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Woodturning News: General News

BALTIMORE SUN: Turning wood into art heart of exhibit (06/10/2016)

Monday, June 20, 2016   (0 Comments)
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BALTIMORE SUN: Turning wood into art heart of exhibit (06/10/2016)

Large, abnormal growths found on tree trunks or branches do not bode well for a tree. Like cancerous tumors, these burls are the result of a tree going into complete distress and while it may survive, its foundation is weakened.

For woodturners like Chuck Aaron, burls are hidden gems – pieces of wood with crazy grains and if it is a box elder tree, huge red splotches called flames.

"You get the most incredible bowls with the creamy maple colors and flames of red in them," Aaron gushed, of working with box elder burls, though he gets just as excited about working with all types of wood from walnut to white ash, American elm and more.

"I like wood a lot," the Columbia resident said. "Woodturning is just so satisfying on so many levels."

Several of Aaron's pieces, as well as those of three other Maryland woodturners, will be part of the "Elegant Woodturnings" exhibit at HorseSpirit Arts Gallery in Ellicott City. The exhibit opens on June 12 with an opening reception at 4 p.m. and will be on display through June 23.

The art of turning pieces of wood on a lathe to create items such as pens, bowls, candlesticks and more peaked Aaron's interest while he was recovering from knee surgery in 2007.

"There was a woodturning show on public television," Aaron said. "I decided to look into it."

He found a local place that offered a weekend course in woodturning and made his first bowl. Next thing he knew, he was investing in his own equipment and mastering the process.

Luckily, the medium for woodturning can be relatively cheap – or even free, as woodturner artists often use "freshly downed trees," Aaron said.

"We all like to turn green wood," Aaron said, of himself and fellow woodturners.

Robin Holliday, owner of HosreSpirit Arts Gallery, likes that many woodturners take locally found wood and turn it into art.

"We'll be driving down the road and have to stop," said Holliday, whose husband, Max Crownover, is also a woodturner and will be part of the exhibit. "If you find a down tree, call them."

Since opening on Main Street almost three years ago, Holliday has presented the works of 44 local artists in her three-floor gallery, with a different artists featured every month. In May, there was a photography and painting exhibit on the third floor; in July, two painters will be featured in the same space.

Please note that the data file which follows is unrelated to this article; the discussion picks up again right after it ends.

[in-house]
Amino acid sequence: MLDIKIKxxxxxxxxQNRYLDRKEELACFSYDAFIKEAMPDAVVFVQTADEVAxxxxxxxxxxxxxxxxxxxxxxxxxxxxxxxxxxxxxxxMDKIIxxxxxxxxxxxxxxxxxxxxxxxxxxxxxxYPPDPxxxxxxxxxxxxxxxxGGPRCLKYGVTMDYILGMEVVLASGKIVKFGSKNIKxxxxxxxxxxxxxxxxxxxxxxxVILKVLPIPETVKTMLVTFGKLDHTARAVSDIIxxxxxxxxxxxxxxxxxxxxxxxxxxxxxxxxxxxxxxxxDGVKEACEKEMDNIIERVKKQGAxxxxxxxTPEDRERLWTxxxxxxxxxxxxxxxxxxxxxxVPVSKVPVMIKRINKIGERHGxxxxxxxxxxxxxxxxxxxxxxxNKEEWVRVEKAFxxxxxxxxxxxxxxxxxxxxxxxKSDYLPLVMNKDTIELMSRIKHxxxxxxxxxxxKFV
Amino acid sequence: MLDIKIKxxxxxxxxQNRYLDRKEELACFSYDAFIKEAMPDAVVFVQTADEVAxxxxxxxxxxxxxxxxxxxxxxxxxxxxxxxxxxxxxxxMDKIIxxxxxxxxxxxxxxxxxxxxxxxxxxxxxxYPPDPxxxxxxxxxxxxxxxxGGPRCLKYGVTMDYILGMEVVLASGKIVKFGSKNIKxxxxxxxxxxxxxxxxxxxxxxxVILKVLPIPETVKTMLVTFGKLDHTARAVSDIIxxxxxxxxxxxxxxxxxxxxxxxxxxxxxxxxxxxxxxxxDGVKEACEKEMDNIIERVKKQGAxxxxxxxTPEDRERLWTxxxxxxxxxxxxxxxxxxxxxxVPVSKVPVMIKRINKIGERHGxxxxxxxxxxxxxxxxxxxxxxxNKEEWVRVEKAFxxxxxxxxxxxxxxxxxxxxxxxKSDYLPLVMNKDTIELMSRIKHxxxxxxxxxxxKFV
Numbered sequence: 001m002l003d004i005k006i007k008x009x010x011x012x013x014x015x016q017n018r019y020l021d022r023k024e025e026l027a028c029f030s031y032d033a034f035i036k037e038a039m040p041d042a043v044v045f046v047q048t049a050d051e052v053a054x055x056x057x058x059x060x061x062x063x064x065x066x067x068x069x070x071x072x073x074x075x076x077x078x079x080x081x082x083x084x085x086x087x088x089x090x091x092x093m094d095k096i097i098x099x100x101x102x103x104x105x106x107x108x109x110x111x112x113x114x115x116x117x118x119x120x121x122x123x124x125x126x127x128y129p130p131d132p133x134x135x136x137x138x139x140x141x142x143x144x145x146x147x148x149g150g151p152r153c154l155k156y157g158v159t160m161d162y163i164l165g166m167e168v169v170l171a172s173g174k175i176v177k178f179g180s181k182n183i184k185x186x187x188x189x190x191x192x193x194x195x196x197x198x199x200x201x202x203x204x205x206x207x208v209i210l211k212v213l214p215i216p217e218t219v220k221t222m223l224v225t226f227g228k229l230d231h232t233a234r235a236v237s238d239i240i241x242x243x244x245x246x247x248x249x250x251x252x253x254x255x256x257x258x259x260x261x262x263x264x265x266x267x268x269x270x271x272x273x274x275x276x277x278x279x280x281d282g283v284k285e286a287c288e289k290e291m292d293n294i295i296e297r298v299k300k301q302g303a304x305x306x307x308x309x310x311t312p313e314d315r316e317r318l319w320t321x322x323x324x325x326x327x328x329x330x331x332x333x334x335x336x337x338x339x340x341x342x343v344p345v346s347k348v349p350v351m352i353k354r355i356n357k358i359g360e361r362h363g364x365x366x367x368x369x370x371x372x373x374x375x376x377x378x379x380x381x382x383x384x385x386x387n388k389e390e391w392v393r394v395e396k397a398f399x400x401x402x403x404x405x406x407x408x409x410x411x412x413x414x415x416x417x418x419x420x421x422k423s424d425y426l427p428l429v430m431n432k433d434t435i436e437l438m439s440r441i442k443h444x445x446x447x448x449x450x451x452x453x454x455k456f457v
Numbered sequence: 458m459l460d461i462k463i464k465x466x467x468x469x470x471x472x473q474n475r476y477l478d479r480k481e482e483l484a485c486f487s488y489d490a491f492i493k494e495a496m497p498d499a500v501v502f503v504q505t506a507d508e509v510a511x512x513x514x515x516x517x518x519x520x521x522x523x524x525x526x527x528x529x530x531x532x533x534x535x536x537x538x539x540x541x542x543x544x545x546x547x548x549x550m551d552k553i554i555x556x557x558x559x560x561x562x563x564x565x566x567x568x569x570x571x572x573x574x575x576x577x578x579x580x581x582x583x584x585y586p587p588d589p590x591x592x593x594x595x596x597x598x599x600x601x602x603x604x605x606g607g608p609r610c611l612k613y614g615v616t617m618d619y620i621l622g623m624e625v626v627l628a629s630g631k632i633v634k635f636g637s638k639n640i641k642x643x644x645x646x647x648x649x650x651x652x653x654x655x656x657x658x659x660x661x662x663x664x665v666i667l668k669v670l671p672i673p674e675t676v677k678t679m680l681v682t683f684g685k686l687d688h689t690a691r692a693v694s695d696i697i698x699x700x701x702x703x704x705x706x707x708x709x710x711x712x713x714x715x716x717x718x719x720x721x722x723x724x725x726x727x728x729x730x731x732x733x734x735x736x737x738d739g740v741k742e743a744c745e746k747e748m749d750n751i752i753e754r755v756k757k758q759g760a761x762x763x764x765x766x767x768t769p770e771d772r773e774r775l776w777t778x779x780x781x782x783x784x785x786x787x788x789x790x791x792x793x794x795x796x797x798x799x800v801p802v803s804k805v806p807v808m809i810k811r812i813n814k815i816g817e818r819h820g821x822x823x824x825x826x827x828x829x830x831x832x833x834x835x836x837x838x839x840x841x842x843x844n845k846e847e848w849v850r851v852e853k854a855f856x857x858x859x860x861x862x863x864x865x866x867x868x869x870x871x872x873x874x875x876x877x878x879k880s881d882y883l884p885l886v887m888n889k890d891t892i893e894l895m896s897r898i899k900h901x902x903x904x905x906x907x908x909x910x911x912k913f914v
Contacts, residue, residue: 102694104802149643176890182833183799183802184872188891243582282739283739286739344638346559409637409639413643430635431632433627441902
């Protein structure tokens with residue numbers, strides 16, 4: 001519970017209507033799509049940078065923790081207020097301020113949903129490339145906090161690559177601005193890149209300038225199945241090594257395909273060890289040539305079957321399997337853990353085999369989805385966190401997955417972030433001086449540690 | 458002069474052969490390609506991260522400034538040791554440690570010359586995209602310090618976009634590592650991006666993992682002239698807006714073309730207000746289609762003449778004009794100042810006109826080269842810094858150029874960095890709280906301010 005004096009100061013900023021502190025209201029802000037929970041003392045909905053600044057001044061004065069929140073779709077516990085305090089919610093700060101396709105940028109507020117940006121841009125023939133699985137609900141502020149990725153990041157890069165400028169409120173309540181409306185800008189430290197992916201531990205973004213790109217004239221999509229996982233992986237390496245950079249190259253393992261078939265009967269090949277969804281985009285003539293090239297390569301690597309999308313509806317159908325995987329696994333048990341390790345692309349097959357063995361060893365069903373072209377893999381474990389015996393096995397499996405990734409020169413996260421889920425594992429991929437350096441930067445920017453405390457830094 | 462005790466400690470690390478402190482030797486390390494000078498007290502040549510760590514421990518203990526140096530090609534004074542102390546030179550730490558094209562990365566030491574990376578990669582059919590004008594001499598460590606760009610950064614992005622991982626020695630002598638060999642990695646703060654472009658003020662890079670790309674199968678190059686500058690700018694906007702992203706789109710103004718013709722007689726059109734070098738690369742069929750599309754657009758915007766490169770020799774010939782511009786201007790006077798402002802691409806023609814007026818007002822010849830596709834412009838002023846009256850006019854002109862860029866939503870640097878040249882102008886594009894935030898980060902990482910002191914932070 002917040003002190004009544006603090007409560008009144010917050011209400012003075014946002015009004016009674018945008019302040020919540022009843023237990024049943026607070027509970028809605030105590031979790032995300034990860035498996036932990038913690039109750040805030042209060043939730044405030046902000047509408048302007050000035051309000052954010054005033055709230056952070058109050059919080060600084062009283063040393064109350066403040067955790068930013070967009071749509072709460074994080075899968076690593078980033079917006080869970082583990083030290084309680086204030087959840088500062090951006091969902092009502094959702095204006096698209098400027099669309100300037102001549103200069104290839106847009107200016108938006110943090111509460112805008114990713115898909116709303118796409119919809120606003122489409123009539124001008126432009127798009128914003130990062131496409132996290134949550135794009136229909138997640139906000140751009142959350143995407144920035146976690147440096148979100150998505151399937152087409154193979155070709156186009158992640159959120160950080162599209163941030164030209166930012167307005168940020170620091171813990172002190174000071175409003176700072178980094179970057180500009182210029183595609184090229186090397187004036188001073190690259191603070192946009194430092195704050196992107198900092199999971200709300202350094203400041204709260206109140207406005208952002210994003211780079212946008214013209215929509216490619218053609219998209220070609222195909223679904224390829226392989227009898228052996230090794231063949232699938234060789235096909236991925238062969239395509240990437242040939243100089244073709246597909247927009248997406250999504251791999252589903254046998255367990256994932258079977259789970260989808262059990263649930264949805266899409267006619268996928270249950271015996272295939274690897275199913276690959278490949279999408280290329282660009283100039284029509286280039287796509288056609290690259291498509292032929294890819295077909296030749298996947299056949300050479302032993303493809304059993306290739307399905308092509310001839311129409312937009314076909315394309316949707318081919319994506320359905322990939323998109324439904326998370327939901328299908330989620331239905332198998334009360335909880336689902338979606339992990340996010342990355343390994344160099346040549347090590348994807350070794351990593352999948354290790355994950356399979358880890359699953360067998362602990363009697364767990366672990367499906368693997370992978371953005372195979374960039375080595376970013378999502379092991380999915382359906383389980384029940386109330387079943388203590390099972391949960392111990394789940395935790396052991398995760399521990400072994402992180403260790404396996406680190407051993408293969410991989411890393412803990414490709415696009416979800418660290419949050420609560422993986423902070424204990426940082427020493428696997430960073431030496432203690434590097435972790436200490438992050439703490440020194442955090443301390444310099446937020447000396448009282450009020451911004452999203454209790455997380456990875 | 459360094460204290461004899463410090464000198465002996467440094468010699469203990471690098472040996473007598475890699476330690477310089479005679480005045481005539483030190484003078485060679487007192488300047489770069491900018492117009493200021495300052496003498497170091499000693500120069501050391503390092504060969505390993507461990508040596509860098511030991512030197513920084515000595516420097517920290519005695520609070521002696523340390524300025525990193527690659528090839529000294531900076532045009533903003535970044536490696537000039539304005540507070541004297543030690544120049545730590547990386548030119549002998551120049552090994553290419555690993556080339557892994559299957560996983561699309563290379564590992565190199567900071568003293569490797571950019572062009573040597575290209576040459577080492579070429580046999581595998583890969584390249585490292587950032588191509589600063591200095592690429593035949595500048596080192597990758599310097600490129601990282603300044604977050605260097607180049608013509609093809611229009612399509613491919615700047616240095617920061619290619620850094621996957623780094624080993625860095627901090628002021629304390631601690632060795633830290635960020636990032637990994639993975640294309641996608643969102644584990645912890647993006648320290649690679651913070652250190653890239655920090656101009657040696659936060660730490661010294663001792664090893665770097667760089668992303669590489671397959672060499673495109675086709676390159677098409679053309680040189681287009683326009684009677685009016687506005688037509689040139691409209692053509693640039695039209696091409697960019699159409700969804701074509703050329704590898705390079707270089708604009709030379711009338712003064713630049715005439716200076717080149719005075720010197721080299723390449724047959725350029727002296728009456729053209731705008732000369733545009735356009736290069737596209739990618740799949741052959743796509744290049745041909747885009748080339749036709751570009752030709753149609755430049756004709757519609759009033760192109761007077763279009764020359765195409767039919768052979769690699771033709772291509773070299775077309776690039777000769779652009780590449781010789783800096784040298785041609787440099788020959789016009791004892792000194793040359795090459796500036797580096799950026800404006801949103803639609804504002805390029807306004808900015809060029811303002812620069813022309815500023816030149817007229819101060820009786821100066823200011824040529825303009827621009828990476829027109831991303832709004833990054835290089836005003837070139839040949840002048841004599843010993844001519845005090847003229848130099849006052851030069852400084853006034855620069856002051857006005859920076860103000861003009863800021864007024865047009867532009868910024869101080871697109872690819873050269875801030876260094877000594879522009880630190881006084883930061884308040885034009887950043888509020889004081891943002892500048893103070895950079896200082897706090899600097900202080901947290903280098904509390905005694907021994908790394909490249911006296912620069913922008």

She has two criteria she looks for when she debates representing a new artist: their art must be good and they must be a nice person.

"I will represent them a long time," Holliday said, of her artists. "The gallery has all their work interspersed throughout. The upstairs third floor is primarily the exhibit. There is a sense of community in the gallery."

"Robin is a wonderful curator and communicator," Aaron said. "She has an immensely creative sense of design. The gallery is so different than others with its variety of styles and mediums."

The "Elegant Woodturnings" exhibit will feature some of the finer things woodturners can make, Holliday said.

"The featured artists got together and picked it up a level and called it 'elegant woodturning,'" Holliday said. "It is not the type of show you'll find forks for salads. It is the type of show you say 'Wow.'"

Besides Aaron and Crownover, who is also in Columbia, the show will feature the works of Jim Oliver, of Oella, and Allen Alexopulos, of Annapolis.

For Aaron, the show will feature some of his new ventures into woodturning.

"I took up painting this year," Aaron said. "I will take a bowl made of pear, and paint a pear on it. A holly bowl might have holly berries."

While it is another way to express himself, he also paints some of his pieces to hide cracks or imperfections in the wood.

"It makes flawed bowls special," he said.

"Elegant Woodturnings" will run June 12 through June 23 at HorseSpirit Arts Gallery, 8090 Main St., Ellicott City. An opening reception will be held June 12 from 4 to 6 p.m. For more information, call 410-461-3505.

View source and photos.

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